Affirmative Action is a laudable program that has provided significant justice for women and minorities, compensates for centuries of disadvantage, and helps to raise the standard of living of all the citizens around the country.
The concept of compensatory justice for wrongs that were committed against a race of people on a massive scale is a part of the American tradition. America has a long history of reparations regarding the Japanese in World War II, Native Americans, and General Sherman's promise of 40 acres to the freed slaves at the end of the Civil War (Burch, 2008, p.121). As moral agents, citizens not only have an obligation to compensate those that have been wronged by society, "it would be unjust to prevent [them] from living up to [their] responsibilities" (Radzik, 2003, p.328). In addition, it gives the African Americans a fast track to catch up to the society that had left them behind centuries earlier.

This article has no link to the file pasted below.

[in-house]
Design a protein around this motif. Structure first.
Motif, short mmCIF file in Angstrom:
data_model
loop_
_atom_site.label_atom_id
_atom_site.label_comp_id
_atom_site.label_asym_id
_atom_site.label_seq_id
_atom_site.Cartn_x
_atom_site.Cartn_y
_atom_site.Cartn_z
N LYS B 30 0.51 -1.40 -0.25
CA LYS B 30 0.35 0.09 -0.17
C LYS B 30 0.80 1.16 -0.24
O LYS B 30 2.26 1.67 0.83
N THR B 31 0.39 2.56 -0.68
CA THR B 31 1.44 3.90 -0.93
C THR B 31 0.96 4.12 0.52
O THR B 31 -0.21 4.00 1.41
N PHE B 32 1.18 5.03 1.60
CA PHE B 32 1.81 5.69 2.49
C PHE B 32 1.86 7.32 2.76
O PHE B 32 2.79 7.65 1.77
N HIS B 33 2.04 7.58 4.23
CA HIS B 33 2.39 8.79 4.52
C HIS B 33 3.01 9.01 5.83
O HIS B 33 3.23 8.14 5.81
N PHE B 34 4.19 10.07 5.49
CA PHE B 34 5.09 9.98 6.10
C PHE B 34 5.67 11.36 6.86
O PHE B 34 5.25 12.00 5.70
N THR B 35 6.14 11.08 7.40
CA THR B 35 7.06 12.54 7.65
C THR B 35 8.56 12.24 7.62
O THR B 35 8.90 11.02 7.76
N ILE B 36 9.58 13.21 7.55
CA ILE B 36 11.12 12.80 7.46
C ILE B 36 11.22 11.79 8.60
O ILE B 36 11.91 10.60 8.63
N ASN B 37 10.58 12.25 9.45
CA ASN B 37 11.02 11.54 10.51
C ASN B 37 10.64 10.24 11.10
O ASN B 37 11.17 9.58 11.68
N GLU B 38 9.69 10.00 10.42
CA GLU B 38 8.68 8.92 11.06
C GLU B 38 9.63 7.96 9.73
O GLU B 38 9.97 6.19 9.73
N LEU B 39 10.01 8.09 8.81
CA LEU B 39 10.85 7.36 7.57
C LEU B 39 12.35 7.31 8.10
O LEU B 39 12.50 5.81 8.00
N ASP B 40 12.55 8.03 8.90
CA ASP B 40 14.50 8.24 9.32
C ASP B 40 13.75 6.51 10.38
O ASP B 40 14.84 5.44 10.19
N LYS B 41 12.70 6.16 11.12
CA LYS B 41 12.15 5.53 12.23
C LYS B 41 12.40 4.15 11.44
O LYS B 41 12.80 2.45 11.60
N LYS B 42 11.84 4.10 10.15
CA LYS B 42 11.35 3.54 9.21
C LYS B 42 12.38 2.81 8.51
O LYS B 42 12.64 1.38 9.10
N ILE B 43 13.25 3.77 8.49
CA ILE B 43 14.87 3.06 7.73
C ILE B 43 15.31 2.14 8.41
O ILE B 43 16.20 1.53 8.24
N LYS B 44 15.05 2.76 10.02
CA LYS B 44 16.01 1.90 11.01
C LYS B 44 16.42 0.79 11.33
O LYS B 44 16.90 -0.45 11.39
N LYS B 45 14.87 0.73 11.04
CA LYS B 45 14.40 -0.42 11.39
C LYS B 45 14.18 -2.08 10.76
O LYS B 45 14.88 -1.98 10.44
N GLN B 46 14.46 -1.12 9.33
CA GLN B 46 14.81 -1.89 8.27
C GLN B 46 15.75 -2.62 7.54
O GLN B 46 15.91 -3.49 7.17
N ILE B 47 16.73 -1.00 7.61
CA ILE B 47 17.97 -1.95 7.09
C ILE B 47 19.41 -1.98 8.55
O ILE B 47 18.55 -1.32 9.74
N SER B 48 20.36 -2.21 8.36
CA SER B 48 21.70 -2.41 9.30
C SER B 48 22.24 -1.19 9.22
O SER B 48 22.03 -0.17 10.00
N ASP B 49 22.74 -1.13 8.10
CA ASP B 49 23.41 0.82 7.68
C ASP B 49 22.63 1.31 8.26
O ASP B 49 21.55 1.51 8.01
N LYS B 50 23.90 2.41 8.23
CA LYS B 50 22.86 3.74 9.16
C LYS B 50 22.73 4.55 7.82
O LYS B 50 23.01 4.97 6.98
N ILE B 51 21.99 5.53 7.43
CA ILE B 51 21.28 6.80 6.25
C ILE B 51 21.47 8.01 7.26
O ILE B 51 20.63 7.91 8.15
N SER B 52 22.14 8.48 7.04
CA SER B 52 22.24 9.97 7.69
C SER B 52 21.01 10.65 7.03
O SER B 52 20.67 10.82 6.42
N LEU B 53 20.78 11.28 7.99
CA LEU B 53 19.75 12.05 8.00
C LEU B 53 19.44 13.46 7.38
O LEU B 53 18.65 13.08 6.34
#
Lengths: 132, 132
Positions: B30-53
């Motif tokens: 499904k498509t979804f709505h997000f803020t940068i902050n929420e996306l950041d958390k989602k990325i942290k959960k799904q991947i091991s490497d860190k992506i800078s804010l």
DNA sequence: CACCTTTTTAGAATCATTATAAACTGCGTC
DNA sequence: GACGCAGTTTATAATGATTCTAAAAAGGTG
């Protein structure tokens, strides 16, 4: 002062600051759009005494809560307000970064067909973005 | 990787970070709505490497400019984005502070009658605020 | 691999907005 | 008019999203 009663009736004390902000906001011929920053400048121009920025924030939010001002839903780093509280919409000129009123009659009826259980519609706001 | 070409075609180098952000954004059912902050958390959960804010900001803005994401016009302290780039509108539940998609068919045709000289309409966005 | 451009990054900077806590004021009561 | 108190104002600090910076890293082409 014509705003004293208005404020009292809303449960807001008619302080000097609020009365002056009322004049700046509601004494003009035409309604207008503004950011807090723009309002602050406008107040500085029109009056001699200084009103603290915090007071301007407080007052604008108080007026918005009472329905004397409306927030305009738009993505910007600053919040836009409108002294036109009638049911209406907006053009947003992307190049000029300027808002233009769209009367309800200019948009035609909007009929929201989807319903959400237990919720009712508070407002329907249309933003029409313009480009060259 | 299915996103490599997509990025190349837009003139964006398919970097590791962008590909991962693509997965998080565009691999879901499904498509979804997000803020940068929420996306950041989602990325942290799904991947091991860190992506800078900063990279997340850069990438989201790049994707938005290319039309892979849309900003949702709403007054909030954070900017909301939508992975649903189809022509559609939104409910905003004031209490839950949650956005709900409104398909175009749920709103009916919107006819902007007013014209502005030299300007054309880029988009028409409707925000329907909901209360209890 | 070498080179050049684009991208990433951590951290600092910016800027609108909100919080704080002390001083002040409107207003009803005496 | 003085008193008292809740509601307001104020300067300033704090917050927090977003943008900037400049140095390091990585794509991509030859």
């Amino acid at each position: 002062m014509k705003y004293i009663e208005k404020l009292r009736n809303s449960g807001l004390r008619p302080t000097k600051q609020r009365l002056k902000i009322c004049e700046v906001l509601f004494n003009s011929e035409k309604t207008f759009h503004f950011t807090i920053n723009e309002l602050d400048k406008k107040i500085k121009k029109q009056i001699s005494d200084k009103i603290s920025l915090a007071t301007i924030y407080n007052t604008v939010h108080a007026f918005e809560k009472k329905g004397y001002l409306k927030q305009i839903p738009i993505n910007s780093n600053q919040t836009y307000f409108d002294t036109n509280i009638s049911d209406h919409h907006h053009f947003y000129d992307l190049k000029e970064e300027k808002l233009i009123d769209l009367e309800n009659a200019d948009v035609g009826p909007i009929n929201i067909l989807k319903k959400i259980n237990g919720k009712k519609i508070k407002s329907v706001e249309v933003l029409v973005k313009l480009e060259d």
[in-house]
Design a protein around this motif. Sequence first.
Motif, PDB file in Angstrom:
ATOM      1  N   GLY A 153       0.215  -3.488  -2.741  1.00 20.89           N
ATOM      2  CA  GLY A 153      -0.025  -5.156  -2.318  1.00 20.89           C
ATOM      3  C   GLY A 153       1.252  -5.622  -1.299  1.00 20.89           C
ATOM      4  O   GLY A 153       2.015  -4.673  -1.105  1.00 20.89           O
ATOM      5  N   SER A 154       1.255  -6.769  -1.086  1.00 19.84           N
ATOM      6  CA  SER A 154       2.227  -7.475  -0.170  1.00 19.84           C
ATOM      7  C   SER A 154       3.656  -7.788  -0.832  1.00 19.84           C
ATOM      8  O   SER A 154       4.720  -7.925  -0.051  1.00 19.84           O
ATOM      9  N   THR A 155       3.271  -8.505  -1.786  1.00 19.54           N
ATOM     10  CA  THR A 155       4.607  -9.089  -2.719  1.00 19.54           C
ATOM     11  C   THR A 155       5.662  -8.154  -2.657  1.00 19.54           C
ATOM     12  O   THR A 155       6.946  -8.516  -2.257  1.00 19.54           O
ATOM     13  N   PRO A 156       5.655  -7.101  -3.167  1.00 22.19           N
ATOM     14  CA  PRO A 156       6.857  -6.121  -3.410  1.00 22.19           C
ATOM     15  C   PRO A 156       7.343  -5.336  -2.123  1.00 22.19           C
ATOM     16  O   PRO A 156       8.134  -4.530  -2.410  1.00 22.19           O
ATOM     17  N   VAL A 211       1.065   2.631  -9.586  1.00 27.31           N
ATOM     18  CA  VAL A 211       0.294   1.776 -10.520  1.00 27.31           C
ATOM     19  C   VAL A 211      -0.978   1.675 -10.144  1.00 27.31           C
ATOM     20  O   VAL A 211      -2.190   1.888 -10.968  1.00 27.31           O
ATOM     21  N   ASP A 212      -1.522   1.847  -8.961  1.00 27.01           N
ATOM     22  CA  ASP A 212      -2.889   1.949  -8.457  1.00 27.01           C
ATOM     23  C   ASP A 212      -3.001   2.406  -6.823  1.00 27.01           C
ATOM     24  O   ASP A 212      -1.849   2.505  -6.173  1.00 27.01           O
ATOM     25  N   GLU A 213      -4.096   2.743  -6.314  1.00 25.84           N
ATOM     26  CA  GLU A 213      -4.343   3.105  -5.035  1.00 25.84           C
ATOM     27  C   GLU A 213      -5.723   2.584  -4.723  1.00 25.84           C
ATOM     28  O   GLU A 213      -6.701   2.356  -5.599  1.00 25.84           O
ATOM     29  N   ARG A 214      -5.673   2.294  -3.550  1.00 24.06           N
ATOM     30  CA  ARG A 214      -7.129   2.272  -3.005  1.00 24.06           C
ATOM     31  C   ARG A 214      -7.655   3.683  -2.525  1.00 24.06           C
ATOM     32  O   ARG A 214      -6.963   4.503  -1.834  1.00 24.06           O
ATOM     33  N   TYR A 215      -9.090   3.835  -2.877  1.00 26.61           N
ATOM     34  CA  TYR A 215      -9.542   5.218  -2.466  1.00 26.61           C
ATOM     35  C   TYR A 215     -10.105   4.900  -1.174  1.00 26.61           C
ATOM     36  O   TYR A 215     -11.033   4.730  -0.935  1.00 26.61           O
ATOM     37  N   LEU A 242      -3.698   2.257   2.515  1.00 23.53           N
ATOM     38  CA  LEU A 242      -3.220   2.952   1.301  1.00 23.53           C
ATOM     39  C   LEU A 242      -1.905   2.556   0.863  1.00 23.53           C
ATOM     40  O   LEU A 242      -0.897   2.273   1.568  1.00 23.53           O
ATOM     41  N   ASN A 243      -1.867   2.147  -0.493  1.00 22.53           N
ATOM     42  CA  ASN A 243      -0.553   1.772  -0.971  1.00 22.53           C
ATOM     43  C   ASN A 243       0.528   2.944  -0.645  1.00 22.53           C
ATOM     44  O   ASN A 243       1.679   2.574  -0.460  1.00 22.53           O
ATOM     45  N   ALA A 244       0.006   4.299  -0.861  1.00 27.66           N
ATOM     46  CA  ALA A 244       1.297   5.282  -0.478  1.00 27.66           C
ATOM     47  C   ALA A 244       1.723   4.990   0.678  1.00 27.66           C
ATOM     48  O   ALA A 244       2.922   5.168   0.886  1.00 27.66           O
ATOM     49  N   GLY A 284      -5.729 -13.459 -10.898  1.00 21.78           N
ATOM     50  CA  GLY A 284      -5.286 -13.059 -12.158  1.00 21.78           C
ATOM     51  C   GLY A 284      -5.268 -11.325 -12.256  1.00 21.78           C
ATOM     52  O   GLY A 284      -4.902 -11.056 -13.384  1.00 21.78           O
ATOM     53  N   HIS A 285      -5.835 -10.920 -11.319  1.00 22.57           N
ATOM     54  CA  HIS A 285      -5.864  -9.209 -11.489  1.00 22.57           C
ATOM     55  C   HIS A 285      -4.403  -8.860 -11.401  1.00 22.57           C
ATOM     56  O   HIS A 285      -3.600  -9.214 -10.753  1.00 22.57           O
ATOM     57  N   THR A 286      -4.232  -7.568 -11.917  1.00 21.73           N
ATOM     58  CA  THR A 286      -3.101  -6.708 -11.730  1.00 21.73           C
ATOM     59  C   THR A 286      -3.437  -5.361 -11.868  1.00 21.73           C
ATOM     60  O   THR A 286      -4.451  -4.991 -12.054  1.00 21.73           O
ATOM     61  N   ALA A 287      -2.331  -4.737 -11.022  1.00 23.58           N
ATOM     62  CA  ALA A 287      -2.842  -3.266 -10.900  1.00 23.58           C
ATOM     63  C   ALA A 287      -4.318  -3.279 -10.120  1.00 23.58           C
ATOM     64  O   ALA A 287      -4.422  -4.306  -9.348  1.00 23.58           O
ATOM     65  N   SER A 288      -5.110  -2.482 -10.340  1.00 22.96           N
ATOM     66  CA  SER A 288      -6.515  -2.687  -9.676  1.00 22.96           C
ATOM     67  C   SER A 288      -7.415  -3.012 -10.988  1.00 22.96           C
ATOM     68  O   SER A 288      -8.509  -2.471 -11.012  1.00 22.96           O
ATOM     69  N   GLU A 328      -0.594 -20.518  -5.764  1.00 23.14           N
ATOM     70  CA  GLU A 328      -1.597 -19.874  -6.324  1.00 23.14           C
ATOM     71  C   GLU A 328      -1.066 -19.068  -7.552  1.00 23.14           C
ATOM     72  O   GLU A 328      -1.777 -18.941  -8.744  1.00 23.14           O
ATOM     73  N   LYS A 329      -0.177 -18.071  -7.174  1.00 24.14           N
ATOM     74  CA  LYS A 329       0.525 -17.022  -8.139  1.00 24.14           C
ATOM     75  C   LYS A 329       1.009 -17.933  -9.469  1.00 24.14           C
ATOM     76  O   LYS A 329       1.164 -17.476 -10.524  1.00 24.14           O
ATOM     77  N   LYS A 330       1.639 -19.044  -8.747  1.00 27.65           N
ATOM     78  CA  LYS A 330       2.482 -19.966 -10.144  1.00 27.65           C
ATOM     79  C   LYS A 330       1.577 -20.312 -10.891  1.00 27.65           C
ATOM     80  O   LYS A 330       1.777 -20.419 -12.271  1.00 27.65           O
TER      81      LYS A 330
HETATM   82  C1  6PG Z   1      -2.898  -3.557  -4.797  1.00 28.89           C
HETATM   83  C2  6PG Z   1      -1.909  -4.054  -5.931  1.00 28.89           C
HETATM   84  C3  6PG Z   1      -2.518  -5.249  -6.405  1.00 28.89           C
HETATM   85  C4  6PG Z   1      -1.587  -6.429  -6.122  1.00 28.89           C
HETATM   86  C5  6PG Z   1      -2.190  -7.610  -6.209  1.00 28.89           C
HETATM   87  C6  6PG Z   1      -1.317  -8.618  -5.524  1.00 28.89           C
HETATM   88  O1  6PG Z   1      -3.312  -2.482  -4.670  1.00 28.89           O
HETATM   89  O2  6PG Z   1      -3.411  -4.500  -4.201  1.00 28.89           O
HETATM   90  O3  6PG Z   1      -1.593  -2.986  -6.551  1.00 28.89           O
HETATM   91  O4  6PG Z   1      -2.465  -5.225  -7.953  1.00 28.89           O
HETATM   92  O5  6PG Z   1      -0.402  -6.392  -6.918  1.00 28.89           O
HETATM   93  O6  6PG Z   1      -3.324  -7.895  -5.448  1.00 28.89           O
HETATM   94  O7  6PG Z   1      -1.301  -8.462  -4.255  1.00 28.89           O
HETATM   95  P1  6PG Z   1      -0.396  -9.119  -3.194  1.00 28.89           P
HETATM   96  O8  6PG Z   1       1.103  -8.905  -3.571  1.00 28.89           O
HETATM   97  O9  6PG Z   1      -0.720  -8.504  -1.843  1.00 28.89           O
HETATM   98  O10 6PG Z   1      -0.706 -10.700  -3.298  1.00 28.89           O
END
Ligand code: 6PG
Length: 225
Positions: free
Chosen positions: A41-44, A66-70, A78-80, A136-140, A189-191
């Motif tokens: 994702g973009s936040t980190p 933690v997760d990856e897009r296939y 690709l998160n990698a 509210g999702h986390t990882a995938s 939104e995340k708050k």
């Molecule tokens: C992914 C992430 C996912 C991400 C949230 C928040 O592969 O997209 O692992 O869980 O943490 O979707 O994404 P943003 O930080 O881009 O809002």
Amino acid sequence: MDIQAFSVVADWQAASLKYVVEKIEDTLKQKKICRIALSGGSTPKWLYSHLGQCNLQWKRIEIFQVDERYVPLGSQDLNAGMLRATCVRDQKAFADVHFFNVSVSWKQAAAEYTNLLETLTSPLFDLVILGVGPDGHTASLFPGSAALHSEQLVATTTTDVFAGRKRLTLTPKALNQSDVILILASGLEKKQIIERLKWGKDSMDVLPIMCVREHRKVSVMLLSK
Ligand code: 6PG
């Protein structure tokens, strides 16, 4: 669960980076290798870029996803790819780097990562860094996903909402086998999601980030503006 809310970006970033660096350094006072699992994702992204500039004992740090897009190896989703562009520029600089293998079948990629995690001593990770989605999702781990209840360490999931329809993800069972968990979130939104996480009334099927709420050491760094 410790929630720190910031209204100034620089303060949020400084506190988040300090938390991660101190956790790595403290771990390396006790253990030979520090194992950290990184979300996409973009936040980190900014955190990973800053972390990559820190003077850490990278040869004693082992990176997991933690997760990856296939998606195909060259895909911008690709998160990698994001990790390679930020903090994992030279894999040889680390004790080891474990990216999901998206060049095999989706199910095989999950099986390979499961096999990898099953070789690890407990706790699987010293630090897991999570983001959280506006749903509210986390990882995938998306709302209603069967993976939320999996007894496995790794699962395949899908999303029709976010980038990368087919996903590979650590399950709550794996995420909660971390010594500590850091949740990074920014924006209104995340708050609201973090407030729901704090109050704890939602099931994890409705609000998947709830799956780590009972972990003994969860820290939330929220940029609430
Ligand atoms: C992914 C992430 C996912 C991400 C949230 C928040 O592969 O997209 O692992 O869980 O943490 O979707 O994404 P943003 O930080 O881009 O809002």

Catching up in the free market of education or employment cannot be done when a person is severely disadvantaged, and Affirmative Action simply removes the disadvantage. By 1965, the white dominant class had a near monopoly on education, the professions, and upward mobility.